The impact of the coronavirus pandemic on incomes and livelihood has made millennial and Generation Z (Gen Z) Filipinos aware of their financial health, pushing them to save for future needs, according to a survey conducted by Manufacturers Life Insurance Co. (Phils.), Inc. (Manulife Philippines).  

“What we found through the study is that the pandemic, actually, has been a game changer for these two generations. They have become much more financially conscious because their top stressor, or their number one worry during this time, is running out of money,” said Melissa Henson, Manulife Philippines chief marketing officer, in a press briefing on Wednesday.  

The survey also shed light on the financial product types that the millennials and Gen Zs owned, with insurance coming out on top at 79% for millennials and 68% for Gen Z.  

Government savings programs or bonds came second at 78% and 50% respectively, while cryptocurrency was third at 60% and 40%. 

The survey, which covered 200 millennial respondents born from 1981–1996 and 300 Gen Z respondents aged 15 to 24 years old, found that these generations prioritize staying healthy and avoiding illness, with the majority (87%) saying they want to save “in case something might happen to them.” 

Popular saving methods include putting away money every pay period or every month (82%) and following a monthly budget (75%).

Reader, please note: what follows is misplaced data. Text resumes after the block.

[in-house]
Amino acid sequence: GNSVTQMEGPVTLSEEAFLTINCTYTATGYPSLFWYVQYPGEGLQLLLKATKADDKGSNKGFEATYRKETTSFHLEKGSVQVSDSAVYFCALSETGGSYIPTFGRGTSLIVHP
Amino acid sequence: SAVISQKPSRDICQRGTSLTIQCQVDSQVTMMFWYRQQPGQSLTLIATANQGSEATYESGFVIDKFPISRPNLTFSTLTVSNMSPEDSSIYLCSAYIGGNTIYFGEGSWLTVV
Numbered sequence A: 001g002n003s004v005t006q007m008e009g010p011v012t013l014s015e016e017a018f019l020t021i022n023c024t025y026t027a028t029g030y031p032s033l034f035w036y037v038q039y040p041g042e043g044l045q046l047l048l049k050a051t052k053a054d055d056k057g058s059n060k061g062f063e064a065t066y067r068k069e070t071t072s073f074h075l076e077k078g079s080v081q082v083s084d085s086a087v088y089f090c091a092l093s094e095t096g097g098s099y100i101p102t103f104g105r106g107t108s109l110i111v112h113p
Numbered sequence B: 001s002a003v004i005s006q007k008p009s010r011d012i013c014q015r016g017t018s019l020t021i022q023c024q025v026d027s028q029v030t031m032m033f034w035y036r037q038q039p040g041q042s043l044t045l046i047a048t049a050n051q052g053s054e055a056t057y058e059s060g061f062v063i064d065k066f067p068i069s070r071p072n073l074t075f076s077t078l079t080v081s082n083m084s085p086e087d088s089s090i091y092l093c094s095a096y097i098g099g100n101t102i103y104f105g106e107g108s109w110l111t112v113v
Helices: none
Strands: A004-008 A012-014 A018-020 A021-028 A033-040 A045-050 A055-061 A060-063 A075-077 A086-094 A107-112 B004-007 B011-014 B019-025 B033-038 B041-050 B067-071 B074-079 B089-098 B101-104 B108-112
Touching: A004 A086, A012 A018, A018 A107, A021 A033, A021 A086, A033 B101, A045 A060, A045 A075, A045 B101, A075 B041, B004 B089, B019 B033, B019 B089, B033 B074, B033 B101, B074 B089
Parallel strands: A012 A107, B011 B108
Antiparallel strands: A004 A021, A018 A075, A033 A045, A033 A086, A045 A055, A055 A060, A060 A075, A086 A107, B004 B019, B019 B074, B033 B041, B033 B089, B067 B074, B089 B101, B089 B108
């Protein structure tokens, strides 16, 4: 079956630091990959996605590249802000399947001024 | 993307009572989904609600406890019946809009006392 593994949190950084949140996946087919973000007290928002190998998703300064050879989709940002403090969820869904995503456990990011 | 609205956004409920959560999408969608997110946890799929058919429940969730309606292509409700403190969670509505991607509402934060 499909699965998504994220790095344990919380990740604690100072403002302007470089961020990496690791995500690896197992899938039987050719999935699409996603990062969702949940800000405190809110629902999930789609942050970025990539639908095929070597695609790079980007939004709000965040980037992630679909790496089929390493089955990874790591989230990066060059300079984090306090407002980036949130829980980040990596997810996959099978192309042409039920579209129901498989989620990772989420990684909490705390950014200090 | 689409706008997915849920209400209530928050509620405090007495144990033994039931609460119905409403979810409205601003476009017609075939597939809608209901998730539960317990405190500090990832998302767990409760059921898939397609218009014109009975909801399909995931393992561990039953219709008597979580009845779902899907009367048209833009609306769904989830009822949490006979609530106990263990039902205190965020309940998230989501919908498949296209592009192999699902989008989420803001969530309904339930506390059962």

“As we have learned in the past, health concerns lead to greater financial concerns. Plus, the economy and its effect on job loss has led them to shift their priorities a little bit and focus on needs rather than wants,” said Ms. Henson.  

Despite the focus on spending on necessities, findings revealed that members of Gen Z tend to reward themselves more, citing declining mental health due to exposure to toxic social media and peers getting ahead. On the other hand, working respondents expressed more concern over debt and job loss.  

To deal with stress, 84% of all respondents cited sleep as a coping mechanism, with 76% saying they cope by enjoying a proper meal. Interestingly, the survey found that around 25% of Gen Zs purchase K-pop merchandise.  

As a generation born into the digitized world, Gen Z has also made inroads in pursuing financial security earlier, with the average Gen Z starting to save at 17 years old and starting to invest at 21 years old. Meanwhile, millennials surveyed started saving only at 23 years old and investing at 27 years old.  

Both generations, however, have been growing money, with millennials casting a wider net due to age, experience, and business goals.  

“Starting a business is something that emerged quite strongly. These young Filipinos have very entrepreneurial aspirations,” said Ms. Henson. “Because of that, they’re taking a long term, well-balanced approach to not just saving, but also growing their money to make sure that they can achieve those goals.”  

The takeaway from the survey, according to Ms. Henson, is the importance of early financial literacy: “There is so much information accessible [to Gen Z]. They really grew up in an already digitized world so they have become aware much earlier. We need to engage with Gen Zs that are still in school because they’re already showing interest.” — Brontë H. Lacsamana